Be very careful with grounding. This is an area where you may have unexpected results like noise, burnt out boards or even electric shocks.

    0
    Michiel Celis
    Michiel Celis

    Reply 10 months ago

    Very good remark, thanks for sharing! I don't see why I'd need more than 48V any time soon and hence would ever want to put these in series but you're absolutely right.

    0
    jc_0142
    jc_0142

    Reply 10 months ago

    You're very welcome. I used to build my own amps back in those days. You'll need both a (+) and a (-) voltage plus ground, so having 2 separate PS will be necessary. I once build a beast amp way back requiring +- 35-40 volt rails, that's 70-80 volt peak to peak. It's no joke if you touch both rails. I also had some bad ass big capacitors in the power supply circuit, so it took a while before they are totally discharged. As for 2x48 max output, again be very careful, you can get electrocuted with that. You might need such high voltage to test certain circuits like old vacuum tube stuff, but they only run into milli-amp range. 5A can really fry you. Most new hobbyists should stay away from such high voltage experiments unless if you have some experienced buddy assisting you.

    Nice job anyway. Keep it up and stay safe! 👍

    0
    ohmo.1950
    ohmo.1950

    10 months ago

    Nice box, good job all around. However, there are some safety concerns with using the project, especially over any extended period of time.

    At the top of the list is the fire hazard even if solarborg's suggestion to raise it several mm for air flow. Wood absorbs thing, almost everything that can be carried in the air. Over time, even if given a good strong poly or acryic coat inside and out, the box will absorb things that can lower the point at which it will sustain a flame. Depending on the environment, some of the nasties in the air can actually flash at room temperature (think about gasoline that flashes at -45 degrees).

    Another consideration is the shock hazard wood presents after it has absorbed some of those nasties. A single track down to the 115 VAC input could easily shock a person, burn them, even stop their heart.

    Again, nice job. Internal layout and mounting are professionally done (removable terminal boards, by the way, are called "plugs"). But there are reasons electrical/electronic devices are no longer placed inside wooden containers - it just isn't safe.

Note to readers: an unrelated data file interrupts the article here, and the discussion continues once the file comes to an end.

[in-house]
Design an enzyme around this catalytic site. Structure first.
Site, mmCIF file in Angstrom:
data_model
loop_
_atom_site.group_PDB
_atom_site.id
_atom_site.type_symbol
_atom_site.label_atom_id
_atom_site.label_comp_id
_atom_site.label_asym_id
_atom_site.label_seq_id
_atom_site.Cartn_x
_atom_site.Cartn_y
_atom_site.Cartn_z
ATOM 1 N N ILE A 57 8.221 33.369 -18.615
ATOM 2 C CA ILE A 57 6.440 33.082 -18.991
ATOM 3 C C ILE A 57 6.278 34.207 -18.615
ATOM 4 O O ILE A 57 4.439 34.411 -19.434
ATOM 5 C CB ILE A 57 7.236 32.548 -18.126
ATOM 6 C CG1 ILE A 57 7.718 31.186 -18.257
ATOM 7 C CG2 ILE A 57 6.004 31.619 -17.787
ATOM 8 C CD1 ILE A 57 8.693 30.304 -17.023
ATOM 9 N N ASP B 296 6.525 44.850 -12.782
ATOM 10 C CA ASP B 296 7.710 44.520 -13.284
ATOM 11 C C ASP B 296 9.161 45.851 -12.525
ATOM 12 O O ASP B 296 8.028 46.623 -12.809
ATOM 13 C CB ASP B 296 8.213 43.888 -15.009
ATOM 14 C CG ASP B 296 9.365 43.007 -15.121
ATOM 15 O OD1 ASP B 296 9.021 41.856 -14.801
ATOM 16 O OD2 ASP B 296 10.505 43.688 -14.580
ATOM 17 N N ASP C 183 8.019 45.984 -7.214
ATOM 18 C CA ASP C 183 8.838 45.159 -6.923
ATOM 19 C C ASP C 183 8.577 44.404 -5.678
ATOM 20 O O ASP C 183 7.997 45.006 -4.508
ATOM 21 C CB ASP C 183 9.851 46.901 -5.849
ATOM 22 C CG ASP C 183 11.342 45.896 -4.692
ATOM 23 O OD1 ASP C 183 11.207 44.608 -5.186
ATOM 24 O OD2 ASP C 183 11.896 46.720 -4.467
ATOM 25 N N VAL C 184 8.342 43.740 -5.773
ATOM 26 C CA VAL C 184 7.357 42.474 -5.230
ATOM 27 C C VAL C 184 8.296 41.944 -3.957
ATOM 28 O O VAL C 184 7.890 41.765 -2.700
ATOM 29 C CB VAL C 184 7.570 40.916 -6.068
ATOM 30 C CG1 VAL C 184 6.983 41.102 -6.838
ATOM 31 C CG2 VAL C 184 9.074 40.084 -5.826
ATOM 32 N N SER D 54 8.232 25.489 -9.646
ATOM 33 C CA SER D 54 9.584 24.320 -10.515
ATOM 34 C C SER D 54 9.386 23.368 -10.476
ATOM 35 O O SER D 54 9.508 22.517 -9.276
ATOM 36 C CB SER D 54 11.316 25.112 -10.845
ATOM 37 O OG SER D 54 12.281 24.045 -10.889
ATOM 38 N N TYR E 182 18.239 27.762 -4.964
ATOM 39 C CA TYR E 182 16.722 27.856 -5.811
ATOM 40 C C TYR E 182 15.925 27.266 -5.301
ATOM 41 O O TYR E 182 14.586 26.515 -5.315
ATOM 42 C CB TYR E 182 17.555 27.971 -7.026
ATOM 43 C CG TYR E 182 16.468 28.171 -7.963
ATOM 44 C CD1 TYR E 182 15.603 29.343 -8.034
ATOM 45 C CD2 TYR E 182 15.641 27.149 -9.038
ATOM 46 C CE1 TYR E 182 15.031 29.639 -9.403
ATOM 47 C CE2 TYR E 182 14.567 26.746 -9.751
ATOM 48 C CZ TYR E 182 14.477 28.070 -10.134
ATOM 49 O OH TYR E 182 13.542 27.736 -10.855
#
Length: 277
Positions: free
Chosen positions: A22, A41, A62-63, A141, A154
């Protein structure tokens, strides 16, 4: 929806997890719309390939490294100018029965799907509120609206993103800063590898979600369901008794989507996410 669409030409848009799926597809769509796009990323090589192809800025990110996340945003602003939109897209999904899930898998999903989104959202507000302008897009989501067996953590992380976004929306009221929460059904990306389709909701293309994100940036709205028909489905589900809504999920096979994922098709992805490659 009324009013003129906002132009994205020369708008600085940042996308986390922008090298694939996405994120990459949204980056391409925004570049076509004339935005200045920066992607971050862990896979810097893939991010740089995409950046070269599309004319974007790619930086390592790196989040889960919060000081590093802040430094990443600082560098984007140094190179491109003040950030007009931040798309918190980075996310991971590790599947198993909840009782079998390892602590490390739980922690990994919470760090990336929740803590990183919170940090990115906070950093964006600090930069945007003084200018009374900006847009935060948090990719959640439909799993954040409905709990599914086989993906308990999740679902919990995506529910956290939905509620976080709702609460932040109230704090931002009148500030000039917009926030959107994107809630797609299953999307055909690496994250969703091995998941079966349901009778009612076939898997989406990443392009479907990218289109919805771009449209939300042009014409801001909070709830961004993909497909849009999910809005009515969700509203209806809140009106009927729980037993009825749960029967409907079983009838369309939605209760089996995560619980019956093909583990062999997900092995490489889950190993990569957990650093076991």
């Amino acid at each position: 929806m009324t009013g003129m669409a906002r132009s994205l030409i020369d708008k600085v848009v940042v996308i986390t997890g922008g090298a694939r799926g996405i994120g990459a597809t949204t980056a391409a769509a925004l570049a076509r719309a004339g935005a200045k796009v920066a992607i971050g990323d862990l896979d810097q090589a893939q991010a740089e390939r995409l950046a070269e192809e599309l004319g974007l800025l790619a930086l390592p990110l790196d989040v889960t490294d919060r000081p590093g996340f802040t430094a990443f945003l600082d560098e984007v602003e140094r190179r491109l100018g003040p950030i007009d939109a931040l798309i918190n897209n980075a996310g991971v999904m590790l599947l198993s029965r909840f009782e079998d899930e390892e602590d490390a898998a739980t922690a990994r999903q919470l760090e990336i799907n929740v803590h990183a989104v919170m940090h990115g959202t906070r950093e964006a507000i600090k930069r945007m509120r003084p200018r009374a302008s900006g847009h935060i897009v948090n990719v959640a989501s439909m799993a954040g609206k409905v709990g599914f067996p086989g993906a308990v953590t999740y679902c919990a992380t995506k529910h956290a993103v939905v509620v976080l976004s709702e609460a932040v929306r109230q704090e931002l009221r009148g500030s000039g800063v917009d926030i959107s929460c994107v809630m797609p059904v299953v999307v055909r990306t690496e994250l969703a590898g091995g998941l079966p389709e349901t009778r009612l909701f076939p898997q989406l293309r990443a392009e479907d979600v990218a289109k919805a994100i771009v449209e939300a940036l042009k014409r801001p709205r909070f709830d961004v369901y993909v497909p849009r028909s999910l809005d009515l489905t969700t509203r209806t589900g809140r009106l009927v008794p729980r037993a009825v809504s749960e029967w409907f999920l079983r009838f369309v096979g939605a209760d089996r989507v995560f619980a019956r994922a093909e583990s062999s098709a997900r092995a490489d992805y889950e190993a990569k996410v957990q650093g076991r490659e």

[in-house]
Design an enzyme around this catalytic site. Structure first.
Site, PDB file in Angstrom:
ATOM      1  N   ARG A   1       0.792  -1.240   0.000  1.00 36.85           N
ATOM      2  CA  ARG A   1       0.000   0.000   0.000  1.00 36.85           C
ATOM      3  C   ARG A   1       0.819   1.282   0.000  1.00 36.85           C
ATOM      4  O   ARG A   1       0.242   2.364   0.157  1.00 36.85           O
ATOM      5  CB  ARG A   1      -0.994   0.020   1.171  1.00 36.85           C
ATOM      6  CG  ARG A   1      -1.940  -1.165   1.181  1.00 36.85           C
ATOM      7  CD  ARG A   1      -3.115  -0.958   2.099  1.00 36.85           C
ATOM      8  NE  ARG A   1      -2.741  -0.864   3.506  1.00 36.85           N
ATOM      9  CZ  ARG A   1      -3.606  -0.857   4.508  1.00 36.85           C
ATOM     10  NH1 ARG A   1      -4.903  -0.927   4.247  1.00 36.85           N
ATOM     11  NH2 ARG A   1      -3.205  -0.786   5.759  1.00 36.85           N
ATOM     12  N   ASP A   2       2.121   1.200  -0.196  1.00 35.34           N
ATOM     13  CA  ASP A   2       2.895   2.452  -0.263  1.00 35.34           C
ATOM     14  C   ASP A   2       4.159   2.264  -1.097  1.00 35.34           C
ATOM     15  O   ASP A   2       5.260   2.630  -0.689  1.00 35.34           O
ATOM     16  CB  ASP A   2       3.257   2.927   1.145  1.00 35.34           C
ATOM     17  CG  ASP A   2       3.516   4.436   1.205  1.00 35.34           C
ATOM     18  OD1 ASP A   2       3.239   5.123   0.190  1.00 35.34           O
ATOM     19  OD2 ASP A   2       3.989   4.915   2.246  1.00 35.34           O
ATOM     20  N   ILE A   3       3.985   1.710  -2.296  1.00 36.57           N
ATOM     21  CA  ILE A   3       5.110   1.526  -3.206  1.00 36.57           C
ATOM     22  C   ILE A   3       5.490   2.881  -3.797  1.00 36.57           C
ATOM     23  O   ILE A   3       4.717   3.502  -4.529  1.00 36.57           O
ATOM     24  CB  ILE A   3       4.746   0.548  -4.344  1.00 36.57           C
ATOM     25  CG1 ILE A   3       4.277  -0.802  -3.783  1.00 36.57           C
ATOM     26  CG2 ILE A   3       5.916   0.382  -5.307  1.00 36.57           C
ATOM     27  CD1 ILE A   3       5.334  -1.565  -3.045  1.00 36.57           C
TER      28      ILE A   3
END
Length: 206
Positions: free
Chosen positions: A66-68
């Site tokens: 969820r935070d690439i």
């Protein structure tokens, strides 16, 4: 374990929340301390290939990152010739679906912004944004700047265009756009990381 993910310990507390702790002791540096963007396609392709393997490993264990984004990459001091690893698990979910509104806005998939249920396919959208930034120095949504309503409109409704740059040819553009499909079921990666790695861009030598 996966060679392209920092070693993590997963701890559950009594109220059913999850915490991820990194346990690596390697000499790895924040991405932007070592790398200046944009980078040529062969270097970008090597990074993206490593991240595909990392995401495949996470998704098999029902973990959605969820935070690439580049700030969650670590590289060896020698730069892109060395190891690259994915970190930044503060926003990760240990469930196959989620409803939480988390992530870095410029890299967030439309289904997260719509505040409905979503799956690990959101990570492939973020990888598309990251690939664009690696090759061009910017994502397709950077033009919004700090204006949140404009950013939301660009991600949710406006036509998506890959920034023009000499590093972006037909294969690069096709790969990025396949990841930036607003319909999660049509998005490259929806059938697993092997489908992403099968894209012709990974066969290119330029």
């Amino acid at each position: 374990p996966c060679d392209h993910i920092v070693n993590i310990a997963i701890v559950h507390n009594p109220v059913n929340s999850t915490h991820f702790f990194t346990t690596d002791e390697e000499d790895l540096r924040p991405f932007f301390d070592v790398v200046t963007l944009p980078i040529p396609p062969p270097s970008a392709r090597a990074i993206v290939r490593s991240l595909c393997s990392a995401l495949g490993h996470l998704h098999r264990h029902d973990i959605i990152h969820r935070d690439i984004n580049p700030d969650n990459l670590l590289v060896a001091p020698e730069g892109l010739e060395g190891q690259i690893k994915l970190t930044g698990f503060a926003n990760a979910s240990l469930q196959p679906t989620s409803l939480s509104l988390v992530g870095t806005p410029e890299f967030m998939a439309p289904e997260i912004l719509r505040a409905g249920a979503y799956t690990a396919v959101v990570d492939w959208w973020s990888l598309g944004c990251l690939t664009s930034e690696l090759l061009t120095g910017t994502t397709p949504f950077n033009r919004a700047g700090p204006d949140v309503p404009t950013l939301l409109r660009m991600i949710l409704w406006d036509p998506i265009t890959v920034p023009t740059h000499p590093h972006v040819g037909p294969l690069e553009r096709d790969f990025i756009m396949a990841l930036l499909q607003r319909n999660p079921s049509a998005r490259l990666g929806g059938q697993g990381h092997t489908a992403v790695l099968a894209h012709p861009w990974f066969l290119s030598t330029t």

(My credentials for anyone interested: 45 years in electrical industry designing, making, troubleshooting, and repairing a wide range of electrical and electronic devices. Also taught industrial and electrical safety in formal settings as well as on the deck plates.)

    0
    ELECTRONFLYER1
    ELECTRONFLYER1

    10 months ago

    NICE JOB. I WOULD HAVE PUT A LIGHT CHERRY STAIN AND POLY COATING ON THAT WOOD .

    0
    solarborg
    solarborg

    10 months ago

    I would rise the power supply up by 5mm to allow air flow beneath the supply. To make it mountable 2 30mm high slat mounted 15mm from the top around 3 sides then a 30mmx 30mm on the front.

    0
    LBea2n
    LBea2n

    10 months ago

    Nice build. I built a virtually identical one, down to choice of parts in the build, a couple of years ago. You got a prettier chassis though. One minor thing - I put a diode across the terminals for the converters to eliminate risk of frying them with back EMF. I tend to power motors frequently though, YMMW.

    20210112_145844.jpg
    0
    ReidSommers
    ReidSommers

    11 months ago

    This is awesome! I've been looking for a good dual bench PSU on Instructables for a while. There are some, but this is the best, with the least adaptations and desoldering. You should enter this into the Anything Goes Contest. (I'd vote for you) 😃